Part 10: Post-War Years and 1950/1960s Boom

After the Second World War ended in 1945, Ontario was in a solid economic position. Manufacturing had picked up, largely due the demand for war-time materials; now, the return of soldiers saw an increase in both young families and wages, sustaining the demand for manufactured goods. Canada had the important advantage of being an industrialized nation whose infrastructure was not significantly damaged during the war. By the middle of the 1940s, manufacturing employed almost 25 per cent of the active labour force in the country—about 1 million people.

Increased suburbanization led to increased commuting and, as noted, increased wages, so more families began to purchase cars. The major American automotive companies in Ontario—General Motors, Ford, and Chrysler—were selling to both domestic and foreign markets, especially to European markets still recovering from the war. However, more urbanization called for more advanced public transportation as well. Quebec firm Canadian Car and Foundry started manufacturing streetcar and trains for municipal public transit in its Thunder Bay facility. Hawker Siddeley Canada also had a Thunder Bay plant, where it produced railway and transit cars.

Other manufacturing industries that had begun to develop in the pre-war years expanded and consolidated in the post-war “boom” years. Such industries included the paper and pulp industry, which, although it was largely centred in Quebec, opened numerous plants in Ontario. Notably, the paper giant Domtar was formed in the mid-1960s, when Brompton Pulp and Paper merged with Dominion Tar and Chemical. Domtar opened facilities across Ontario, from Windsor to Ottawa to Dryden to Trenton.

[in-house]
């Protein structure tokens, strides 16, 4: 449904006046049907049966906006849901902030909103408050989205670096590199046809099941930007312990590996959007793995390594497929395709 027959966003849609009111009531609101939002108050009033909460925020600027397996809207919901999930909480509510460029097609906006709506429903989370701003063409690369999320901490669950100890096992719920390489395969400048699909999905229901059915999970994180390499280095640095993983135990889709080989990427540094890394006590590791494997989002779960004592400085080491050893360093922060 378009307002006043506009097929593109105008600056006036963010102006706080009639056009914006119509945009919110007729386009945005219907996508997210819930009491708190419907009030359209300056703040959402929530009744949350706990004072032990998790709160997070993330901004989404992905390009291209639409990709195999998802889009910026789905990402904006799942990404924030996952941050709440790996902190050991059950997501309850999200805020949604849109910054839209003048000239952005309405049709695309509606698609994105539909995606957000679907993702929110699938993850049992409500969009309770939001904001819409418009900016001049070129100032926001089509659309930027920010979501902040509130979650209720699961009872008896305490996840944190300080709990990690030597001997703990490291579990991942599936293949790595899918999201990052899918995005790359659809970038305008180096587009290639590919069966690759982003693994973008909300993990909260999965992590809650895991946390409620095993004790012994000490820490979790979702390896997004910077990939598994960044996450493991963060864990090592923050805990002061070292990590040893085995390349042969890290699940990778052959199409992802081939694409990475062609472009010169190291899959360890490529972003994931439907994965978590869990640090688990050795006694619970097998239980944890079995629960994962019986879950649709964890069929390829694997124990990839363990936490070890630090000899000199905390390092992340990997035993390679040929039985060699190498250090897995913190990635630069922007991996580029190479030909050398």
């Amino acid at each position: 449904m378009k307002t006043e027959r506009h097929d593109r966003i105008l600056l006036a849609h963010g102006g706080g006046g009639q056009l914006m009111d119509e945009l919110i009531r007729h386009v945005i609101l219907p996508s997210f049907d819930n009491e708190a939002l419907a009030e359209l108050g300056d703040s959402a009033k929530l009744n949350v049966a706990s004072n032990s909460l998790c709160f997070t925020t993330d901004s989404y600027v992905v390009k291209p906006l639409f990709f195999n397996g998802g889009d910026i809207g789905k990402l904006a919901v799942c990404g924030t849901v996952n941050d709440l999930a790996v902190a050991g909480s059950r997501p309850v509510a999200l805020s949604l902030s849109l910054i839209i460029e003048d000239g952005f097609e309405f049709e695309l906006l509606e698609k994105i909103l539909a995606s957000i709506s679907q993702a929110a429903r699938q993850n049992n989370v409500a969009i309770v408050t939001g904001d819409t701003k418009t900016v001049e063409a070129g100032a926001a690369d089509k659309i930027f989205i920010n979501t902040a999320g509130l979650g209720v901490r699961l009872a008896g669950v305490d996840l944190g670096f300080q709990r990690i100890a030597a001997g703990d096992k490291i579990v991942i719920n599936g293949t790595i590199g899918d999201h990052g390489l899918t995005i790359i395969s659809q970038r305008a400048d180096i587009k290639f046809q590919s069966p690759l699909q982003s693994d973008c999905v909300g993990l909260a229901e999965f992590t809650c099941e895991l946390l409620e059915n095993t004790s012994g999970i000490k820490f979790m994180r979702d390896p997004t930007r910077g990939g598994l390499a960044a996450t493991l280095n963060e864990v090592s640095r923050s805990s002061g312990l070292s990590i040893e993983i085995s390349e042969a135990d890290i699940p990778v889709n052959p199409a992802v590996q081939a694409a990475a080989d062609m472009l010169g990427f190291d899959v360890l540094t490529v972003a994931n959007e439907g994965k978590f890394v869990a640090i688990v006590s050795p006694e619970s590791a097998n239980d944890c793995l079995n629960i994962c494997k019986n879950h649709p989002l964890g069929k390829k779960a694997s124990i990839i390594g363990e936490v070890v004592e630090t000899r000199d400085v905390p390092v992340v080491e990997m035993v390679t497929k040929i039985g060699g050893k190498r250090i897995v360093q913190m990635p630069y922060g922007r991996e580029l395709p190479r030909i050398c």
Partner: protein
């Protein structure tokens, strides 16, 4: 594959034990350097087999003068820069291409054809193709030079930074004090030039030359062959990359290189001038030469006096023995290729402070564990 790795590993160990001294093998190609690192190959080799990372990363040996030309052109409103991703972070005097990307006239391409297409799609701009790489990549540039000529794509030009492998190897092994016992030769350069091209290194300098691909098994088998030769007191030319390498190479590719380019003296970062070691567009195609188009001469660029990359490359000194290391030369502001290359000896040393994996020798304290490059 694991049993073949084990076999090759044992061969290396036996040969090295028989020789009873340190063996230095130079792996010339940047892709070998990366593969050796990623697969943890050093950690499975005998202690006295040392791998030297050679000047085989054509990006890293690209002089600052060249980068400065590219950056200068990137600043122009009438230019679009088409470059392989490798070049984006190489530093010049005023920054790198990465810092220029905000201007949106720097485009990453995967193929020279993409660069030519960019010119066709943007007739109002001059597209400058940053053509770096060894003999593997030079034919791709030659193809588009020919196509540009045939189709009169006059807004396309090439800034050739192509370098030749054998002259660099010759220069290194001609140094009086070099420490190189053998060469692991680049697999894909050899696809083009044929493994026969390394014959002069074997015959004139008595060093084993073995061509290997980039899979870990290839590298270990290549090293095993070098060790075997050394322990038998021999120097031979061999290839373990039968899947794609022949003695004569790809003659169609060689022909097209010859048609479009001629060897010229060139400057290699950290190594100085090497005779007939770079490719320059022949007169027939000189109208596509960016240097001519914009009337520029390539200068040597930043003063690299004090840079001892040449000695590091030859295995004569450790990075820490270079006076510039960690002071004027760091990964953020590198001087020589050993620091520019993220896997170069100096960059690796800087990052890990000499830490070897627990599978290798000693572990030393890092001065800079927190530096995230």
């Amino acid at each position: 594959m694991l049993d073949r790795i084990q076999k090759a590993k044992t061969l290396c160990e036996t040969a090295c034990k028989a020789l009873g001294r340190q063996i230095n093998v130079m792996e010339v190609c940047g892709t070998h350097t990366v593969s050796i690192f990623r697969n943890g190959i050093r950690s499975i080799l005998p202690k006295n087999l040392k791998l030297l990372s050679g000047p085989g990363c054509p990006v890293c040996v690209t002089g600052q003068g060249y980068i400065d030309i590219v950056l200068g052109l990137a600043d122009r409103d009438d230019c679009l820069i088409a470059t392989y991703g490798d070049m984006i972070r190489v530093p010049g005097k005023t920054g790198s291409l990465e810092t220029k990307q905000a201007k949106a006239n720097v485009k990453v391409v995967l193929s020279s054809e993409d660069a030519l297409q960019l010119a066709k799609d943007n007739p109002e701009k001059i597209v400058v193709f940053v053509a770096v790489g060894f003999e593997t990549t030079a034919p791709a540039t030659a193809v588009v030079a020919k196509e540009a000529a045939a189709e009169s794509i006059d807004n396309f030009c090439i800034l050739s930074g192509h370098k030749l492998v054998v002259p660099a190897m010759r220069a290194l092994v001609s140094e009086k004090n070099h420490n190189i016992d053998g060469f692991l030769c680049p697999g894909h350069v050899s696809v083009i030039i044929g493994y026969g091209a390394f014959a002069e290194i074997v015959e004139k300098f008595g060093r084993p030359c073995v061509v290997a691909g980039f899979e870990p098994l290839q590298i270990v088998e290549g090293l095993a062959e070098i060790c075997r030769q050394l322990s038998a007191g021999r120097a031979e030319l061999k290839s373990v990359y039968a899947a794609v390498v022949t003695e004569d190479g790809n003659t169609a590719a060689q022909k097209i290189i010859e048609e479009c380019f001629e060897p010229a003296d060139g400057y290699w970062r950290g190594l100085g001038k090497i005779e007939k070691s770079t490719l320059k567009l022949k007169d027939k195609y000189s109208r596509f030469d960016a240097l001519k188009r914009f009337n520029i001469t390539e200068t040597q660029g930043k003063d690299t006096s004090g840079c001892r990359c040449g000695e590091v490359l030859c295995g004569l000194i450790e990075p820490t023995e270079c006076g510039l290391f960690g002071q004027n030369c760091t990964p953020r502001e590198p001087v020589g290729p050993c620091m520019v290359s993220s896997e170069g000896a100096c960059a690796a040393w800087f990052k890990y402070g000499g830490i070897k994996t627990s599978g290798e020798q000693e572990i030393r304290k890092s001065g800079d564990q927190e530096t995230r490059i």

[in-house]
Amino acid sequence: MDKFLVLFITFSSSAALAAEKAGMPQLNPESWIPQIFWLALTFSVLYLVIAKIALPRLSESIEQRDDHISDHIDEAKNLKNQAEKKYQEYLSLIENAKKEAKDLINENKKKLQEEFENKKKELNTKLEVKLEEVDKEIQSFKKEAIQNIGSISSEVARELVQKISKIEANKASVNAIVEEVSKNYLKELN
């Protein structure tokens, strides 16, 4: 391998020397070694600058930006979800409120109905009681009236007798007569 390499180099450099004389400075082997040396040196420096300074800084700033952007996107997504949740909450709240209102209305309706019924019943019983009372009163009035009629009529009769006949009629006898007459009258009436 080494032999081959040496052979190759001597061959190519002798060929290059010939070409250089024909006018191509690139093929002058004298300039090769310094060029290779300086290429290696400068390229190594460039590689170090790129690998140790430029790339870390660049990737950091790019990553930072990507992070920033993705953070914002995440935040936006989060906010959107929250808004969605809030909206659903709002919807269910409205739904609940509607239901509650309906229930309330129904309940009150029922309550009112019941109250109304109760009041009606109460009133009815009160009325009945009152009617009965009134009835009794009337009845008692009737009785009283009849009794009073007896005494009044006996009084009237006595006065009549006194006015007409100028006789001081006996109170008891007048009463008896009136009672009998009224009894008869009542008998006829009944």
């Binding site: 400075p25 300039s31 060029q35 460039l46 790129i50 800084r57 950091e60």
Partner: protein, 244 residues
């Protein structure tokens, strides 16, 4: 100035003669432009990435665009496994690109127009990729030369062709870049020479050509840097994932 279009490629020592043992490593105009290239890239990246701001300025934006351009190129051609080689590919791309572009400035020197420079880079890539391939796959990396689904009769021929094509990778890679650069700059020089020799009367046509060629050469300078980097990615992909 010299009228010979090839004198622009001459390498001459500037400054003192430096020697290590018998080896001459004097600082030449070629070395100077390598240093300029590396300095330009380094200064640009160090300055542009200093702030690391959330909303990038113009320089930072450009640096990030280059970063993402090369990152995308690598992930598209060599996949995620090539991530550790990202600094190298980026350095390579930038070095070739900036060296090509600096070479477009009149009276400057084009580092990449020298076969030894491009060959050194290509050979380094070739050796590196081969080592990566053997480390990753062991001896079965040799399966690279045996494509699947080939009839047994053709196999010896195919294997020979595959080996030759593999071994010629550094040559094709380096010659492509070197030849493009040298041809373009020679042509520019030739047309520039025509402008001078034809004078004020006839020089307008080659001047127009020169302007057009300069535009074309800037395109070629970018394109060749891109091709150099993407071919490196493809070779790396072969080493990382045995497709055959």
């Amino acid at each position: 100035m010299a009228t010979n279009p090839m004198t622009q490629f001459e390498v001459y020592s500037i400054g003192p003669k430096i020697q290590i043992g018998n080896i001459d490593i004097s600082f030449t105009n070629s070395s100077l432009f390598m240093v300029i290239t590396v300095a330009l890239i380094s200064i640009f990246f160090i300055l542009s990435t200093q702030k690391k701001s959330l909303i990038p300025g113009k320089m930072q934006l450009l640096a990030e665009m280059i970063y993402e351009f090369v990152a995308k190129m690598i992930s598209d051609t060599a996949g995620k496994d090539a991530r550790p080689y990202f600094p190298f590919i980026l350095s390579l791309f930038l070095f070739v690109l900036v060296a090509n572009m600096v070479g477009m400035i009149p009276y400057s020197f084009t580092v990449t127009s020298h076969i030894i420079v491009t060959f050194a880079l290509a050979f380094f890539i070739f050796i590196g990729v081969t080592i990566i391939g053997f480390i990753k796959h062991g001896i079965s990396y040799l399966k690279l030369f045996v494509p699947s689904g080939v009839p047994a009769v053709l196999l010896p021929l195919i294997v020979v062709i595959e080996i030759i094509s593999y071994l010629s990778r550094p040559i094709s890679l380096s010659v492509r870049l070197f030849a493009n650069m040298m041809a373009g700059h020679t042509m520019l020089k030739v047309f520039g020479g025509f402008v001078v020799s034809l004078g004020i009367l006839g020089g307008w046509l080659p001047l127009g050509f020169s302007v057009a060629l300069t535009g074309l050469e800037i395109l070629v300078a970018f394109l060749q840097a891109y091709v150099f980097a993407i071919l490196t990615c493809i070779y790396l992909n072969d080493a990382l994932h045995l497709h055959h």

Like most aspects of the economy at the time, manufacturing thrived in the post-war years. Along with growing wages and a higher demand for goods, customers experienced more leisure time due to a decrease in the need for farming or labour-intensive work. At its height, manufacturing accounted for an estimated 20 per cent of Canada’s gross domestic product. Yet it was not just domestic demand that helped drive the industry: foreign demand was growing too. During this time, Canada’s share of global trade went from around 4.5 per cent to 6 per cent.

Check back soon to learn about some of the early trade agreements that helped Ontario manufacturers reach foreign markets.


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